Shein and Forever 21 have joined forces, making them a more powerful force for the ultra-fast fashion market than ever. But don’t be fooled by their tricks: sustainable consumption is still the way forward.
In news nobody in the sustainable fashion space was hoping for, Shein and Forever 21 are officially teammates. The fast fashion giants announced at the end of last month that they would be joining forces, with Shein acquiring around one-third of Sparc Group, Forever 21’s operator. Sparc Group now also has a minority stake in Shein.
For those who are trying to guide the clothing industry away from the exploitative and destructive practices of the fast fashion industry, the news that Shein is getting more powerful is a big blow. Here’s what the new deal will entail, and why, in a market where it’s getting easier and easier to give in to ultra-fast fashion, resistance is more important than ever.
The problem with Shein and Forever 21’s new partnership
The new deal between Shein and Forever 21 is concerning. Both are two of the most popular brands in the fast fashion space, but they are also both notorious for bad practices.
In 2016, for example, a report by the Los Angeles Times claimed that garment workers in Southern California working for several brands, including Forever 21, were earning as little as $4 per hour. (For reference, in 2016, the California Minimum Wage was $10 per hour.) Five years later, in 2021, another report from the Guardian revealed that thousands of garment workers in Los Angeles, again making clothes for brands including Forever 21, were paid less than minimum wage.
“We work non-stop. We don’t take any breaks, but make anywhere from $250 to $300 per week,” one anonymous worker told the publication.
And Shein has also been named in multiple controversial reports in the last few years. The $100 billion e-retailer has been accused of violating Chinese labor laws in garment factories. And one investigation in 2021 found employees working 75-hour weeks, with just one day off per month, in its Guangzhou factories.
Both (and fast fashion in general) also produce an incomprehensible amount of textile waste. Shein, for example, adds around 6,000 new styles to its website every day, most of which are made from synthetic, non-biodegradable materials like polyester. Because most fast fashion clothes are poor quality, too, the majority will end up in the landfill, where they will not biodegrade.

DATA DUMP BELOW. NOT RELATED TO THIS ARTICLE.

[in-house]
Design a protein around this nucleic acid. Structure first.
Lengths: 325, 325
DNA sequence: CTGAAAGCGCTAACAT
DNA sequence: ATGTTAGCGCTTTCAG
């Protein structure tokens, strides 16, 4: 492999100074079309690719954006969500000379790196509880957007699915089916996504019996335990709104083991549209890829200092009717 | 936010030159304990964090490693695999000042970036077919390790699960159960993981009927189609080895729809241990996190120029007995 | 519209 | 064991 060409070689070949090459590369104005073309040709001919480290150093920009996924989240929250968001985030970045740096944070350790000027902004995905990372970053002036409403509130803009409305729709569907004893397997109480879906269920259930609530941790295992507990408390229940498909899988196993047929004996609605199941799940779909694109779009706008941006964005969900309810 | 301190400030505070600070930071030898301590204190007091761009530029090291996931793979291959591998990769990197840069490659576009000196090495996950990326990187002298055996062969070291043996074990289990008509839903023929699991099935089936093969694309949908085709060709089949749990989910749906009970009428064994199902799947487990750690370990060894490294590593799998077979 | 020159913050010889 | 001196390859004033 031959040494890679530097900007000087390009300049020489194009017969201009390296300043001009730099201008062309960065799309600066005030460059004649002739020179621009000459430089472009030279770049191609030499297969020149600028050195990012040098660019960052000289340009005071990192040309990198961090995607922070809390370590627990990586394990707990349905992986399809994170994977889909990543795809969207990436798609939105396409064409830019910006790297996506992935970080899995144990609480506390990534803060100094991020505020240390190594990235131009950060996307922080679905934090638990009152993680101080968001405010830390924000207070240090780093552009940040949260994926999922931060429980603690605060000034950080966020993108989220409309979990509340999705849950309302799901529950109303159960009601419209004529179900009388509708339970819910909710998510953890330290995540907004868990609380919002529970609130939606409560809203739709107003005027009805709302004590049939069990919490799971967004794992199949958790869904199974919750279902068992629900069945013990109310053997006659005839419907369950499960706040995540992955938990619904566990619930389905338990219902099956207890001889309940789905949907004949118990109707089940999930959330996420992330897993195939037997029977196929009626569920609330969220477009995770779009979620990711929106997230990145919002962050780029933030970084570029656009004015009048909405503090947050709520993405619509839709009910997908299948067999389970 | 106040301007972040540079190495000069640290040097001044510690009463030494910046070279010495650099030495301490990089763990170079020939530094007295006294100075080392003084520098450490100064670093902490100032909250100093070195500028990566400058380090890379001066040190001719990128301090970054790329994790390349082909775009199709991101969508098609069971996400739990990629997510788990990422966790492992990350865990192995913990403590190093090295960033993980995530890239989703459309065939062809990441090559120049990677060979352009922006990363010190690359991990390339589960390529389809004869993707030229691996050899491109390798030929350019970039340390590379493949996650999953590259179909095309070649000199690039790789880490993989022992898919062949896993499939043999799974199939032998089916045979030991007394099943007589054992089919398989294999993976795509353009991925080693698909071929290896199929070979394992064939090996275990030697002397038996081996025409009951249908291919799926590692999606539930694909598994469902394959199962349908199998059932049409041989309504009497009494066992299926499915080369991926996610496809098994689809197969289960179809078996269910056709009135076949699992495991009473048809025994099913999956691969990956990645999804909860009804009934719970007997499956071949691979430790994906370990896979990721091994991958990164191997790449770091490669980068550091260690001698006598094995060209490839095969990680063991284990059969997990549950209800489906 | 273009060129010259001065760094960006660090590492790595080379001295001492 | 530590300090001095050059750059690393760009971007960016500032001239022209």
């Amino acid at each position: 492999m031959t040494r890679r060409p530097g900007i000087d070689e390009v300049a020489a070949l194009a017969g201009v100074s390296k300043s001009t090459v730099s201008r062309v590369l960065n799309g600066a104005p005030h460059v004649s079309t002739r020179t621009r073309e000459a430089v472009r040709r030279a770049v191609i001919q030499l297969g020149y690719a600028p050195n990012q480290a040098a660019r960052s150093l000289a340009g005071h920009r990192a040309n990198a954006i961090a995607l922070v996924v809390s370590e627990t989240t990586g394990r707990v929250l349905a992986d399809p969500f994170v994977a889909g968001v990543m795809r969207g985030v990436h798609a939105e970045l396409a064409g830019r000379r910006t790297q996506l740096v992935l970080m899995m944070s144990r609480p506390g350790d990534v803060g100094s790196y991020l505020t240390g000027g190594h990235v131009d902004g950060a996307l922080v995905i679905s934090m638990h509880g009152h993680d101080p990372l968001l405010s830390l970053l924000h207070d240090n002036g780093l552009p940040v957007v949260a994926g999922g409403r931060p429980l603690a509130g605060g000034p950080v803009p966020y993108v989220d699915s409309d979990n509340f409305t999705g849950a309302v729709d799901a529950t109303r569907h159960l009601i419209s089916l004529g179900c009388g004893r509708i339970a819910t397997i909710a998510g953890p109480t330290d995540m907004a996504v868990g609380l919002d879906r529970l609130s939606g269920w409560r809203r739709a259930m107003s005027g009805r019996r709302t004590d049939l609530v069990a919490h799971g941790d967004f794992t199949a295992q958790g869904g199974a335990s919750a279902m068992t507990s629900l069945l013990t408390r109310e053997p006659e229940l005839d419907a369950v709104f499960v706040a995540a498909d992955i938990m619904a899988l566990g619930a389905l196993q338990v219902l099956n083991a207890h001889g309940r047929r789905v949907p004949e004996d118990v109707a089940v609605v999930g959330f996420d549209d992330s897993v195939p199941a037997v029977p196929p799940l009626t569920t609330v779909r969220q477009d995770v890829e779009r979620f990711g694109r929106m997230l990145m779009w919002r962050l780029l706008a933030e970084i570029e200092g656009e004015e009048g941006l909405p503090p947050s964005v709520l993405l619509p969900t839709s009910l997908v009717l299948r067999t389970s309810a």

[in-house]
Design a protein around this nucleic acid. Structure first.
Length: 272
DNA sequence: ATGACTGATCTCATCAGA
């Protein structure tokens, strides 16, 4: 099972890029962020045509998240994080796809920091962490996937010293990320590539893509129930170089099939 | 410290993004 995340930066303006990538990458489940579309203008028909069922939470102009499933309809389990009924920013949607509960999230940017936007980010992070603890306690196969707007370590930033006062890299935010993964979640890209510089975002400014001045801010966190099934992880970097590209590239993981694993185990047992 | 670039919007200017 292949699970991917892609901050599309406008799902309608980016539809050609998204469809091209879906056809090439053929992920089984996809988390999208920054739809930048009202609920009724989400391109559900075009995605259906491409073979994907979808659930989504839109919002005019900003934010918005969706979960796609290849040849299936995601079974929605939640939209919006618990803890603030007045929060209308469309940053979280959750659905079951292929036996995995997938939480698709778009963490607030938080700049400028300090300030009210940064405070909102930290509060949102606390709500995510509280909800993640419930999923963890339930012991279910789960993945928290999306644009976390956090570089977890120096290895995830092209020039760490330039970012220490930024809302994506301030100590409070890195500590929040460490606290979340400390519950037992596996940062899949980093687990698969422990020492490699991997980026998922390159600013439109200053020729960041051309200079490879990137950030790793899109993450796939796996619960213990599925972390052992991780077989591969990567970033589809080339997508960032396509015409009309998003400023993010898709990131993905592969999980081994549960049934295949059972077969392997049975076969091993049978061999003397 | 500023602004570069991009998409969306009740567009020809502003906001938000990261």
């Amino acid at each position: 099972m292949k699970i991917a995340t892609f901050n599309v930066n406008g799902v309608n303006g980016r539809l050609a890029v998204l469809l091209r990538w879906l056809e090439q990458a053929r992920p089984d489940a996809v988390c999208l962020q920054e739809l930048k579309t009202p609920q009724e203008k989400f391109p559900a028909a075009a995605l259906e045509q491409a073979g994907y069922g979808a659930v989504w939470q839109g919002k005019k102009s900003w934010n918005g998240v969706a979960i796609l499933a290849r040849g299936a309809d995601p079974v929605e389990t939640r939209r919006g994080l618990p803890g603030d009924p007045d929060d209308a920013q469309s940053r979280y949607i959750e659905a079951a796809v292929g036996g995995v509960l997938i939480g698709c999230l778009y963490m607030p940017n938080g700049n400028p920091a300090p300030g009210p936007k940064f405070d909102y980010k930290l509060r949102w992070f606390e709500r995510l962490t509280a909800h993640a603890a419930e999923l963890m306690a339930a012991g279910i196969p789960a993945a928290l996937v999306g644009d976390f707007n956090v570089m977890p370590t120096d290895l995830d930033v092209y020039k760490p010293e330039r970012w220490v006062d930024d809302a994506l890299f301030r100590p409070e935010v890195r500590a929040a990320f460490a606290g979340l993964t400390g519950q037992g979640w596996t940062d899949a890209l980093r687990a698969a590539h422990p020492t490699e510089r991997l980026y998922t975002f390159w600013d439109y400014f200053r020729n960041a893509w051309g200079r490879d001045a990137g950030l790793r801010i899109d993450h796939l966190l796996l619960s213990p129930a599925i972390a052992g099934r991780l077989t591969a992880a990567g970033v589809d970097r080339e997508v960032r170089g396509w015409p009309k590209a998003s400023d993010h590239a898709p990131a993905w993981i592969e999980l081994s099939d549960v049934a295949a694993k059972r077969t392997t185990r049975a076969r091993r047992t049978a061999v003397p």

The new deal will not minimize or improve Shein or Forever 21’s impact on the planet or workers. Of course, it will make it worse. After all, the partnership has been formed for one reason and one reason only: profitability.
Together, Shein and Forever 21 will help to elevate each other, with Forever 21 benefitting from Shein’s massive online reach, and Shein benefitting from floor space in Forever 21’s physical stores. There are more than 400 Forever 21 storefronts across the US.
How to avoid fast fashion
Shein and Forever 21’s partnership demonstrates that fast fashion is finding new ways to grow and adapt in a changing industry, but this means it’s more imperative than ever that shoppers find more sustainable ways to buy clothing. Fast fashion brands might offer cheaper garments, but this comes with a major cost: namely, the planet and people.
But there are a few ways to shop sustainably on a fast fashion budget. Firstly, you can look to resale platforms, for example, Depop, Poshmark, or Vinted, and join the growing cohort of conscious consumers embracing this way of shopping. In August 2023, one report suggested that around 85 percent of consumers now engage in resale, with more than 40 percent seeing it as a status symbol to do so.
And, of course, there’s always the sustainable fashion market.
While sustainable clothing brands do tend to have higher prices, this is because the cost of production, sustainable sourcing, and fair wages are all factored into the pricing of a garment. That said, if you’re on a budget, one idea is to consider saving the price you would spend on fast fashion every month, for example and put it towards the price of one piece from a sustainable fashion brand that you will treasure and take great care of for years to come.
Taking a stand against fast fashion has never been more important. For more advice on how to shop for sustainable clothes, find our fashion-focused guides (including boots for fall, capsule wardrobes, hoodies and sweatshirts, and much more) here.
Related on Ethos: